As the dust settles after a dramatic election, causing yet more upheaval in British domestic politics, the new government will need to begin turning its eye toward the world. Under the banner of Global Britain, the UK has set out its post-Brexit goal to become a nation active across the globe, seeking new opportunities and partnerships while mitigating the risks caused by the decision to leave the European Union.
Whether the UK successfully navigates this period of change is a matter to be determined in due course. But in the meantime there will need to be an acceptance that as the UK plots a new course in its relationship with Europe other areas of foreign policy will be relegated for the time being. This is especially the case with regard to the Middle East, where Britain’s historical desire to involve itself in state building, promotion of democratic values, and good governance will undoubtedly be put on the back burner.
A second strand guiding Britain’s Middle East policy will be a close adherence toward United States regional policy on major regional security issues. The simple goal will be to exert a quiet, yet determined, influence behind the scenes, cajoling and persuading the US to adhere to the JCPOA with Iran, maintain a strong but balanced relationship with the Gulf states, and to be mindful of staying the course in the counter-Daesh campaign, acknowledging that the hard work of political reconciliation across Syria and Iraq is yet to come. The Trump administration still appears to be on a steep learning curve when it comes to policy. It is critically important that the British voice be heard in Washington, and the hope is that British influence can smooth off some of the rougher edges of the current US administration’s approach to the Middle East.
Under the new government we should expect to see a quiet retreat to a more humble regional policy. A policy in which goals of stability and regional security as well as the promotion of liberal values are downgraded in favour of a narrower focus on counter terrorism and a mercantile approach to inter-state relations. Given that the Middle East has seen a slide toward greater authoritarianism since the outbreak of the Arab Spring, this may well suit regional strongmen, particularly in Turkey, Egypt and the Gulf. The result is likely to be an enhanced cross cutting set of relationships in the region, in which British policy moves closer to a “friends to all” approach; blending mercantilism with traditional policy, where the UK retains its historical military commitments to the Gulf States, and keeps a keen eyed focus on the proliferation of terrorist groups and non-state actors that have spread across the region.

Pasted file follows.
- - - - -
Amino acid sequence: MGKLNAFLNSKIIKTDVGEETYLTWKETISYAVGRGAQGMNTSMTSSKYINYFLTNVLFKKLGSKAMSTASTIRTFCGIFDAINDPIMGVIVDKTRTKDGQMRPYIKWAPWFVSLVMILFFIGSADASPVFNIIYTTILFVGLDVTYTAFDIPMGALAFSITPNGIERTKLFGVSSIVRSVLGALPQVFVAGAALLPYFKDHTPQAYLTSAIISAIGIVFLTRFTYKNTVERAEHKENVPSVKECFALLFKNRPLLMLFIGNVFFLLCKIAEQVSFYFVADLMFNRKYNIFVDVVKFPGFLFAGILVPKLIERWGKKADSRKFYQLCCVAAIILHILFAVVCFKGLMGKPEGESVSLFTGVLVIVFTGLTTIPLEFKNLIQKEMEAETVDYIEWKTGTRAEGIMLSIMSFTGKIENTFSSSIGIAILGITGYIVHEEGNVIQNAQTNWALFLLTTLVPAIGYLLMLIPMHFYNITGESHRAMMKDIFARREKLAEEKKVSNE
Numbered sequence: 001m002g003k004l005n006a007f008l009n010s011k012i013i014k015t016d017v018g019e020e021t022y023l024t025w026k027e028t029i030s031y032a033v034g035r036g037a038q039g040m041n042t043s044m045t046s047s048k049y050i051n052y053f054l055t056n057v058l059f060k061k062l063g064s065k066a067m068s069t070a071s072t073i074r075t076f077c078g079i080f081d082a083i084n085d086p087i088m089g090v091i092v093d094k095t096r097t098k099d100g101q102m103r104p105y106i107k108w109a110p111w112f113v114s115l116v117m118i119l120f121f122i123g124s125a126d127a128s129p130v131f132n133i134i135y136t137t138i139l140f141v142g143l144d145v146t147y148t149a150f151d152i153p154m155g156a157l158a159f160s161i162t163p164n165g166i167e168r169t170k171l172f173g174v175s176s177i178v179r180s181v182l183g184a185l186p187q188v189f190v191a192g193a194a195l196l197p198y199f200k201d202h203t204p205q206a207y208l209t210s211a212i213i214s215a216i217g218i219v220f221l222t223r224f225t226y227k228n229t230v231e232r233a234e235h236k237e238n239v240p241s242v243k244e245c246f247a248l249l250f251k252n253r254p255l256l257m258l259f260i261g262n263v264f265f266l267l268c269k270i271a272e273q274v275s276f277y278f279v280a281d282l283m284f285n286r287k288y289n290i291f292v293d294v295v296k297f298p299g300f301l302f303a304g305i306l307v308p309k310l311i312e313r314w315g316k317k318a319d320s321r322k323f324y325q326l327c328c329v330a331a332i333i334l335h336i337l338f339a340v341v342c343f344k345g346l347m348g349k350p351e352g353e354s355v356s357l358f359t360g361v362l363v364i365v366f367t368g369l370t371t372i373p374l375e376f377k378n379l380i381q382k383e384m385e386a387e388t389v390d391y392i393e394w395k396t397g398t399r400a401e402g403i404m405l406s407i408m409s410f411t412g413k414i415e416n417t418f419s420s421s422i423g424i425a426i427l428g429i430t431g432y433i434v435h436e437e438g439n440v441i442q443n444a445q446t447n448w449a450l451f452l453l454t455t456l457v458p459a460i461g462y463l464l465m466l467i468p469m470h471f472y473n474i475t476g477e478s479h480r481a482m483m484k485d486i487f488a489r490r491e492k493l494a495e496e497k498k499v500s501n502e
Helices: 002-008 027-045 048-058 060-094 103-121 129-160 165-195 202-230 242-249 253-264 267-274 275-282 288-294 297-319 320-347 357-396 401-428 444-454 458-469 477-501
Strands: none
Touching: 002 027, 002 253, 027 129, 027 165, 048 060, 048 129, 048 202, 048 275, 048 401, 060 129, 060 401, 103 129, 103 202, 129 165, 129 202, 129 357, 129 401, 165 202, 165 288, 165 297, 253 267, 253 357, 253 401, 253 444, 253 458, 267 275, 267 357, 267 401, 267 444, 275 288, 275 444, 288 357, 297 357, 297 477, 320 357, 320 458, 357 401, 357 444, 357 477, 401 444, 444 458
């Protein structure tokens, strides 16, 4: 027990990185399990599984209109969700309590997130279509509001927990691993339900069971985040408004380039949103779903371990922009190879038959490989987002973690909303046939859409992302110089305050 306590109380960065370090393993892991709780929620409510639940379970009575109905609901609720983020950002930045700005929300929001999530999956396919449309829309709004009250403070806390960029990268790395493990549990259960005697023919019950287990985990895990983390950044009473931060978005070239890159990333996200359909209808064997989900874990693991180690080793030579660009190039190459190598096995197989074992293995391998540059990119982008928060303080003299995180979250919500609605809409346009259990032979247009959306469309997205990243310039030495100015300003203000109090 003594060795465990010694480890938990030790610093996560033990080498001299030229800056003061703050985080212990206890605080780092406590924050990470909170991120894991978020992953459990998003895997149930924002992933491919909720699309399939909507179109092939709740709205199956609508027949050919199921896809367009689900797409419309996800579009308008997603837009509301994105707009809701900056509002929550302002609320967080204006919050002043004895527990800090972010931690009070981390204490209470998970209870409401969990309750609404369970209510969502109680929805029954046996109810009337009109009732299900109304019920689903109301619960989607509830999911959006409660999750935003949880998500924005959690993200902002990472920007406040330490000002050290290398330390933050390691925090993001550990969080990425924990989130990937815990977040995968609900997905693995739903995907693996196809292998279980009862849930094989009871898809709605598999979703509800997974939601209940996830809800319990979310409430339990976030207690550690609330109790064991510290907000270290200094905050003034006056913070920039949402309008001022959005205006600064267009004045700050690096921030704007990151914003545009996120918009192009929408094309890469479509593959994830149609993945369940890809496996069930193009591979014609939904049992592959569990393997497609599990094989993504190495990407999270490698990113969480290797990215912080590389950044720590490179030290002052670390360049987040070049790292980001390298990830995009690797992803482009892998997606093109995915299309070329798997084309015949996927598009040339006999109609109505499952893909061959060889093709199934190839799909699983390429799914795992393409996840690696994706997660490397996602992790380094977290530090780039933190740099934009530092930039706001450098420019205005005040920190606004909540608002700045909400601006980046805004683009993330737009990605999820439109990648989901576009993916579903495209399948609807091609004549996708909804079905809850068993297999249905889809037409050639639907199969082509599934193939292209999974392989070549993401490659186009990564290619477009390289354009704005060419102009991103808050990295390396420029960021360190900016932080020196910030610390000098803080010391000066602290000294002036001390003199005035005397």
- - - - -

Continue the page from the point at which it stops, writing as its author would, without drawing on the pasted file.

The current crisis in the Gulf between Qatar and its neighbours may give UK policy makers reason to rethink, however. Despite numerous claims by Gulf commentators that all is well in the GCC, nothing could be further from the truth. There is likely to be significant damage to the GCC, both politically and economically, as a result of the break in relations with Qatar. London’s close relationship to all six Gulf countries behoves a degree of silence and quiet reassurance to all parties. The UK’s historical preference for bilateralism over engagement at the multilateral level of the GCC places the UK in good stead to ride out the storm. However, given the severity of the split this current policy of neutrality is undoubtedly under strain.